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Players buy and sell stock in eight companies and trade options in these companies plus their related index. The first player to earn one million Euros in cash wins the game.
I found it interesting that Derek Carver mentioned Millionary is his Counter 17 article titled 'The Ones That Got Away'. Indeed, Millionary is a big game released at Essen 2001 and has graced the cover of Spielbox. Maybe I share a gene with Derek, in that I too was intrigued by this game and yet could find no information about it. That didn't stop me from buying it anyway, and it became the first real test for my recently acquired OCR and translator when I gaped at the 20-plus page rulebook with very small type. I was halfway through the translation when I read Derek's article.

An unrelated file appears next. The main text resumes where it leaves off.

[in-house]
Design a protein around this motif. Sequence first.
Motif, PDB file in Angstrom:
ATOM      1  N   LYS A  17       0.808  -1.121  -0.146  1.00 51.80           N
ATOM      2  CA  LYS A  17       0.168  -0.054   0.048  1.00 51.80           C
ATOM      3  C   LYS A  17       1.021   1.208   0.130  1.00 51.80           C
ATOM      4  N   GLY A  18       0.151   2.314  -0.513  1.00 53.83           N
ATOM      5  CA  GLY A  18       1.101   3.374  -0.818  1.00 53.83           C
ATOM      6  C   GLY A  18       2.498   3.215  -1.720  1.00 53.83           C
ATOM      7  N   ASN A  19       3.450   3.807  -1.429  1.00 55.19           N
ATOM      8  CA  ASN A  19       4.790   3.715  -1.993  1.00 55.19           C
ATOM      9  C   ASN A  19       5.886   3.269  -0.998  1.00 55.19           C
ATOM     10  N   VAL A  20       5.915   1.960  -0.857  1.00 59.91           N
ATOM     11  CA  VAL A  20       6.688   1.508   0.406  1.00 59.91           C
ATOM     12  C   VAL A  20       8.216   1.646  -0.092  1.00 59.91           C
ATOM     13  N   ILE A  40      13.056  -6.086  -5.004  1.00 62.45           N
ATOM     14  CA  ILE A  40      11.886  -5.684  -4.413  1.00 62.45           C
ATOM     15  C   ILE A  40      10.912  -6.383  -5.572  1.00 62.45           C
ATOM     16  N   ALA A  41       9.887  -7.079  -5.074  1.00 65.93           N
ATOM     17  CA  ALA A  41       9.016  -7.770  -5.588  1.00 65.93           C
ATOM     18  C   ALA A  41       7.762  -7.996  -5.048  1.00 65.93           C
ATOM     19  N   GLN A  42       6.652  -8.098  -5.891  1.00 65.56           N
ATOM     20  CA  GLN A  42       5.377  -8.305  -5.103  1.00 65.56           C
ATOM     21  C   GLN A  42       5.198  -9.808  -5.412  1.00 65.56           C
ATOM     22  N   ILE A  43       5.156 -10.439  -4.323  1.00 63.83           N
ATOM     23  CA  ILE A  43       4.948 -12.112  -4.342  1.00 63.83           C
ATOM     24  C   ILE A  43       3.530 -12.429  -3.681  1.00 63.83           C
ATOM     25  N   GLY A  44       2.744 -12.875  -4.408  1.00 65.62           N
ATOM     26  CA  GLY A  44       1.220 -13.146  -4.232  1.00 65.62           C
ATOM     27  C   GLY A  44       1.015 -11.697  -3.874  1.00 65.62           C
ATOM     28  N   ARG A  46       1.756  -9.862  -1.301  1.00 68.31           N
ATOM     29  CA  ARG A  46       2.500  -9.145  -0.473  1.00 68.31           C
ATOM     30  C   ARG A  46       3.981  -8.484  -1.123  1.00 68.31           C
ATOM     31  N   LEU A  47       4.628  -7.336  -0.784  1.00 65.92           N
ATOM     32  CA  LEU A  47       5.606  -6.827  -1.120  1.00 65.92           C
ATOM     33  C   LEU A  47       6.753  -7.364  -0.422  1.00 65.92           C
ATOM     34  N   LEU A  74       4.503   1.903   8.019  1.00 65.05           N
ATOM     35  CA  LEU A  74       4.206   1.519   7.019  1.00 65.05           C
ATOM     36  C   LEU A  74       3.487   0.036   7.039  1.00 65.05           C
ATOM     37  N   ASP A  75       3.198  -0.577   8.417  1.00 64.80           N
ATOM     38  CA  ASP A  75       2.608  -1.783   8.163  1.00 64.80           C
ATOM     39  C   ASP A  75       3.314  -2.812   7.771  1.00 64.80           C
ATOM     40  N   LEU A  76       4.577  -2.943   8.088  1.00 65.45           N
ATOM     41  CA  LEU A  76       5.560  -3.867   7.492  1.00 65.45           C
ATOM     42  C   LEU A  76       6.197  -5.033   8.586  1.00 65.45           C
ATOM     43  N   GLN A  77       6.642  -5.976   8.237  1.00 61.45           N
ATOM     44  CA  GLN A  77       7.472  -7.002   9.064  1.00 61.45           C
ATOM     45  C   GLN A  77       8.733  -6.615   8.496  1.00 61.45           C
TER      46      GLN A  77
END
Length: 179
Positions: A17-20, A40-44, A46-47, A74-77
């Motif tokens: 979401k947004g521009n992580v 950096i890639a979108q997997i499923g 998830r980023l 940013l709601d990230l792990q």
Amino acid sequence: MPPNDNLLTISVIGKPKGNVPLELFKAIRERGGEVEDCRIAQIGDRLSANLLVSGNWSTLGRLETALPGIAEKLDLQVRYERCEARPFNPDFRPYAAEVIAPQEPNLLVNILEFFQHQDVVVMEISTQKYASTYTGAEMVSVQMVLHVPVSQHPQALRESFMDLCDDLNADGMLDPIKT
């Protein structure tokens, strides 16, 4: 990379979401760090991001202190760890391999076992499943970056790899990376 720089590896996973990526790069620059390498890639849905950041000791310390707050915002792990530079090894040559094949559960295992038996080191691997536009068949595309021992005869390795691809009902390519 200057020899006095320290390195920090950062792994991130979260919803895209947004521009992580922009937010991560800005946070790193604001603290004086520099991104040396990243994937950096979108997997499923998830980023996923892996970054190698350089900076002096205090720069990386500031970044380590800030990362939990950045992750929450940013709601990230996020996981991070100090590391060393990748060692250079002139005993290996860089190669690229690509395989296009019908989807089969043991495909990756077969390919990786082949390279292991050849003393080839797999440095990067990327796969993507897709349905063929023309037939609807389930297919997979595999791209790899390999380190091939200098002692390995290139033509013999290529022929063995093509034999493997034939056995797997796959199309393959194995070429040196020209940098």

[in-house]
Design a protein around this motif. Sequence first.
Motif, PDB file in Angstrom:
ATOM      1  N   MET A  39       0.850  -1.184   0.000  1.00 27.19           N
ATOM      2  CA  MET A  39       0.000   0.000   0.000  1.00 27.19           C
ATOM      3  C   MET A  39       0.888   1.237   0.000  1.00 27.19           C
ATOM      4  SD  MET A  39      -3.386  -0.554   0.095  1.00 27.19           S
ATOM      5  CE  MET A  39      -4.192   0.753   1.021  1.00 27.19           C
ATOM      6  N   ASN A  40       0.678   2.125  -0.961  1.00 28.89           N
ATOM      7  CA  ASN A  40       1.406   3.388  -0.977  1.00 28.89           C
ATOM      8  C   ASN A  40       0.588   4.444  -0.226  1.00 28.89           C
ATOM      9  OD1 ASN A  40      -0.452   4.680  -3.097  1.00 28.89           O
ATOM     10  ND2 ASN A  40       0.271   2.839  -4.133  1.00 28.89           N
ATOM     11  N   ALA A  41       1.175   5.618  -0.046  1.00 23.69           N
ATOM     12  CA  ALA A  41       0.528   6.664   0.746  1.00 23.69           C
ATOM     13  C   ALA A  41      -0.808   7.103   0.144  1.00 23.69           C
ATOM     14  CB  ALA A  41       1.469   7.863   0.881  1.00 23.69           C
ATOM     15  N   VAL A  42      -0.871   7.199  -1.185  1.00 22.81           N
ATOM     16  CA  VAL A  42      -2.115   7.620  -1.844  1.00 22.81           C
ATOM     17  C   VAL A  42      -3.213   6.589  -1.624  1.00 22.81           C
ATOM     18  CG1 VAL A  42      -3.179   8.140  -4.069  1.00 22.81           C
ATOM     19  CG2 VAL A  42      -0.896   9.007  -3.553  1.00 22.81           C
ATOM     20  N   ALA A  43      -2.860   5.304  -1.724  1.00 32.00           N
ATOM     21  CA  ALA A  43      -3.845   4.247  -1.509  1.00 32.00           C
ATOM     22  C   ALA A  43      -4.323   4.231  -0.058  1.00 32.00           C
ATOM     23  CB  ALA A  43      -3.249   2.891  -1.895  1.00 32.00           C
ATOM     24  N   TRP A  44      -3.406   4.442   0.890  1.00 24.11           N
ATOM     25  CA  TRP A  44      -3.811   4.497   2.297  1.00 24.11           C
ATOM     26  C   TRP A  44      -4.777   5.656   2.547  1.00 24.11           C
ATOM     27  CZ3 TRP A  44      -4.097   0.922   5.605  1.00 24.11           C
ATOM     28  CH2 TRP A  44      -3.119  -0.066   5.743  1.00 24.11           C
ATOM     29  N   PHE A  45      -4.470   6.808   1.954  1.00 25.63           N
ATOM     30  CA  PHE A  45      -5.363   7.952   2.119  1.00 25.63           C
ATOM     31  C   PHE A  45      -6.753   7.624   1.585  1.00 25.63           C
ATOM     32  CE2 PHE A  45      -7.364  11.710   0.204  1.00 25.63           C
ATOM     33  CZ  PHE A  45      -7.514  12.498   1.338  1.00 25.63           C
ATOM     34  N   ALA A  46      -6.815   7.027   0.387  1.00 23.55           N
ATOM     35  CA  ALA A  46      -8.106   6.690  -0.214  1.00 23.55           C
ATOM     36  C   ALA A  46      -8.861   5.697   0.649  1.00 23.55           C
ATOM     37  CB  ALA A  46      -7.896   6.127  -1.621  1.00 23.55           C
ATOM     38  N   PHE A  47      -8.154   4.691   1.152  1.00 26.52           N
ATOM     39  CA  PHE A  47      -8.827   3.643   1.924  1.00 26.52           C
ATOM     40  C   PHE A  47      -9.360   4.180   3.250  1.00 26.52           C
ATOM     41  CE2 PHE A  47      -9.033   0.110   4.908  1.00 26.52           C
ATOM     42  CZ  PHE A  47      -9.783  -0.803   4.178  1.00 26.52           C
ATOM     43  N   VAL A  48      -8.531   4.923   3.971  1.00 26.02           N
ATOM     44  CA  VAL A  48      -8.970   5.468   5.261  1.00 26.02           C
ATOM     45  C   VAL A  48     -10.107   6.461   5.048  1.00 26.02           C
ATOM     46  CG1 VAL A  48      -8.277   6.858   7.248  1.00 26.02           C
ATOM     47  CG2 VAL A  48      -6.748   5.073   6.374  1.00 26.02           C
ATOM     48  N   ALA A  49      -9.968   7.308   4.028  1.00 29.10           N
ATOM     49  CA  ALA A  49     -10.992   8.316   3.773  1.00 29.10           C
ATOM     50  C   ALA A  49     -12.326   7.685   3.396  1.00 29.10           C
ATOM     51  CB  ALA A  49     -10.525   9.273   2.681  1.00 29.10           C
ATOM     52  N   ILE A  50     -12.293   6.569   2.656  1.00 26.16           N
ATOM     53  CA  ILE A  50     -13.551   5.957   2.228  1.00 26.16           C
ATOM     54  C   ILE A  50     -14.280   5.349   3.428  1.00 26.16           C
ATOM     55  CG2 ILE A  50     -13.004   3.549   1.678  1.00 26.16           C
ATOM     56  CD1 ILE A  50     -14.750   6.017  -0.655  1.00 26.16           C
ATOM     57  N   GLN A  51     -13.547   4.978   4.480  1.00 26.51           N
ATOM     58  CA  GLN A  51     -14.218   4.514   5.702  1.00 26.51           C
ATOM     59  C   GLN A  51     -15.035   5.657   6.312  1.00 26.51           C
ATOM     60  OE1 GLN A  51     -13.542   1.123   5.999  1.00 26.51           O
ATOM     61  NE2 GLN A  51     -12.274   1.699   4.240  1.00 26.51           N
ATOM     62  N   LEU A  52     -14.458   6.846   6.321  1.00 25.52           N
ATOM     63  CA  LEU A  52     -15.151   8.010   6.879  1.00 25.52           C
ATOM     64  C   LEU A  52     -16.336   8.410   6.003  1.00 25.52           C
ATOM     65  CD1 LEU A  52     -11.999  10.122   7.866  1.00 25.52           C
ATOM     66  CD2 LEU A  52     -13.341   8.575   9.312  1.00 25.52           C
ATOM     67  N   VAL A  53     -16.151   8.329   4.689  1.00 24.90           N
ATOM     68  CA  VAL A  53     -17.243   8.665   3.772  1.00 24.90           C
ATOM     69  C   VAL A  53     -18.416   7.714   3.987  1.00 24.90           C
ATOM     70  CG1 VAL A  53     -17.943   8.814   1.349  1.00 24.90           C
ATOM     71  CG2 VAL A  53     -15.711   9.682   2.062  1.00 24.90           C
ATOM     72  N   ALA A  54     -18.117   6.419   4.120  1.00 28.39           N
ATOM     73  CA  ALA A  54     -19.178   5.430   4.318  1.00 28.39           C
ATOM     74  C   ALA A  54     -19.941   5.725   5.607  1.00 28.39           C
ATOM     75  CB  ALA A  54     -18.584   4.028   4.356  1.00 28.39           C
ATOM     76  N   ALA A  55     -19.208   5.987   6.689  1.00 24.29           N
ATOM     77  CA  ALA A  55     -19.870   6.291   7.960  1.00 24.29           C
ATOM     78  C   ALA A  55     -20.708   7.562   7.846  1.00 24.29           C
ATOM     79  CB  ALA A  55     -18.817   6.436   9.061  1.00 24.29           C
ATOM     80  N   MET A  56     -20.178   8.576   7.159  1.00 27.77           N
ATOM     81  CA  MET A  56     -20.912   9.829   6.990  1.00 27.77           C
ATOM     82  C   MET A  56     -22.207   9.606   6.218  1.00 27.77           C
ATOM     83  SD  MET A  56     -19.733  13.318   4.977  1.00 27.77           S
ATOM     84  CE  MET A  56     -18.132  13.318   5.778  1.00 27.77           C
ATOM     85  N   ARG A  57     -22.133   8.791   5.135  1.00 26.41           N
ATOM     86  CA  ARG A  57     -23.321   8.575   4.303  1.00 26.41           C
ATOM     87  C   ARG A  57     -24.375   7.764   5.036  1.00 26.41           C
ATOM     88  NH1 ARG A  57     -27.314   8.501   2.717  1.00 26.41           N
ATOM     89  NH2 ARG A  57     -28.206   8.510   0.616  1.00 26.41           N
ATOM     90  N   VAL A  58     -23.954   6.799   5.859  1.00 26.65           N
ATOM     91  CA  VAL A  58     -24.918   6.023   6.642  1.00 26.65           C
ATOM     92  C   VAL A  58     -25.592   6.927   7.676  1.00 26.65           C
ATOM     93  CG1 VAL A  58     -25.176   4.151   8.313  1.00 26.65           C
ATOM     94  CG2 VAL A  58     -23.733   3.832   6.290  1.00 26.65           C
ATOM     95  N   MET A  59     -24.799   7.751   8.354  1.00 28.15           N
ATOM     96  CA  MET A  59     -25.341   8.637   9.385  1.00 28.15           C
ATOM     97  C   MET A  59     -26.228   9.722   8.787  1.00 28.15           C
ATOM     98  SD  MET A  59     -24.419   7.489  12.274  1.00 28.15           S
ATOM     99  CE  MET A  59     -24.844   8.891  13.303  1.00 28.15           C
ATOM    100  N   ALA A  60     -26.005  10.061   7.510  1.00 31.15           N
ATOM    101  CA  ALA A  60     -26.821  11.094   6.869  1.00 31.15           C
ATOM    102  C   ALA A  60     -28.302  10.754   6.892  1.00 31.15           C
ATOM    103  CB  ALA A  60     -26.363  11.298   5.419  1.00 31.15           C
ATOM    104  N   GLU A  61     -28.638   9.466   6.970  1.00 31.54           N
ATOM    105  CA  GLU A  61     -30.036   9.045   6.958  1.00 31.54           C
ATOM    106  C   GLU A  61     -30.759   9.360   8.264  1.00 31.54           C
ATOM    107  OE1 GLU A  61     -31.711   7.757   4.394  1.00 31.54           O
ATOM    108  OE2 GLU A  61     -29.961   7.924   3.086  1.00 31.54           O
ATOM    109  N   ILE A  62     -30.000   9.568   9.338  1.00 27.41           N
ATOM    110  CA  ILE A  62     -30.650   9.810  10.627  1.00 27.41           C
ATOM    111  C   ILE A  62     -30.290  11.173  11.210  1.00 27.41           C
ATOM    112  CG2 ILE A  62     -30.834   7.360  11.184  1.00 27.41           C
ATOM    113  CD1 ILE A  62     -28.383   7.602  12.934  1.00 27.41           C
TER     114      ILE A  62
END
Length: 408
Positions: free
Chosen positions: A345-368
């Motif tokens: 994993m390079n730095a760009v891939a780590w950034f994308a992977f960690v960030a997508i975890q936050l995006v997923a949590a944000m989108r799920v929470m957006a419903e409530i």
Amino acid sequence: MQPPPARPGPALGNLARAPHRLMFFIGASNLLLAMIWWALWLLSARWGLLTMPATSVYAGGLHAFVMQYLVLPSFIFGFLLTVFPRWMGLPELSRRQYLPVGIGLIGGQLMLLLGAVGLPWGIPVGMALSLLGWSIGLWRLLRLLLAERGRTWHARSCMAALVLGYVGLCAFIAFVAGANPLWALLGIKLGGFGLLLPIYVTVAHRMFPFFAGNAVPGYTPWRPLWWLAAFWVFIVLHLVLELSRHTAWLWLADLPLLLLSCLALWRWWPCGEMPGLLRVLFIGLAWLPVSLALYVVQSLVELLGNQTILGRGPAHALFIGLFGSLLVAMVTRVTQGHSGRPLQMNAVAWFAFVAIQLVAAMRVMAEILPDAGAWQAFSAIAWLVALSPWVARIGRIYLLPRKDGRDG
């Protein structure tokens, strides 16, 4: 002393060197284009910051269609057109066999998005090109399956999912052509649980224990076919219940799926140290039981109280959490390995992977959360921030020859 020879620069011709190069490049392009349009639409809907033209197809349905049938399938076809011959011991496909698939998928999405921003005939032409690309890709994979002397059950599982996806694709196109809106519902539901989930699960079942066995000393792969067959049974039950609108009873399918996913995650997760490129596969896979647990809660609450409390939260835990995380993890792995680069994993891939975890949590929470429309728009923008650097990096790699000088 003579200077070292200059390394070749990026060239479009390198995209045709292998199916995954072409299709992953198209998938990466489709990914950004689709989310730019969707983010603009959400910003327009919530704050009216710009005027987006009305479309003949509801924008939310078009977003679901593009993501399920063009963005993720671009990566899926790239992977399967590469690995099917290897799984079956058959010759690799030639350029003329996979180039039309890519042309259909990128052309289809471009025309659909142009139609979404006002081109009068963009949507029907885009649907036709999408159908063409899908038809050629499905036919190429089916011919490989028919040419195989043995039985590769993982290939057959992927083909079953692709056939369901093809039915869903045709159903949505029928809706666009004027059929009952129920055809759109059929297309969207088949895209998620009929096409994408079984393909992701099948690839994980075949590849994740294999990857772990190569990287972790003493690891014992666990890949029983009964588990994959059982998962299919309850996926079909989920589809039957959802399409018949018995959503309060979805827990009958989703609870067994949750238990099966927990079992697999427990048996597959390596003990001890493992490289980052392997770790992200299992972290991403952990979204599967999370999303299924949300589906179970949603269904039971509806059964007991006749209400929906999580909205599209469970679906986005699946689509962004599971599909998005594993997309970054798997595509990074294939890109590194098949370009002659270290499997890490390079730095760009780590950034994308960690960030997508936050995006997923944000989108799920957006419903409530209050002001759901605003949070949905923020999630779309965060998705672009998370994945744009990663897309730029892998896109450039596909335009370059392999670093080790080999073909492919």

Millionary is, as most would guess, a business game about trading stocks and options. The first player to generate one million euros in cash wins the game, and this is typically just after a big exercise of options. Players trade in stocks of eight real-life companies (Shell, L'Oreal, Microsoft, etc.) and also trade in options for all eight companies plus four exchange indices. Each index has two companies associated with it and as the share prices of the companies move, its related index moves proportionately. The basic way to make money is as old as business itself: buy low and sell high.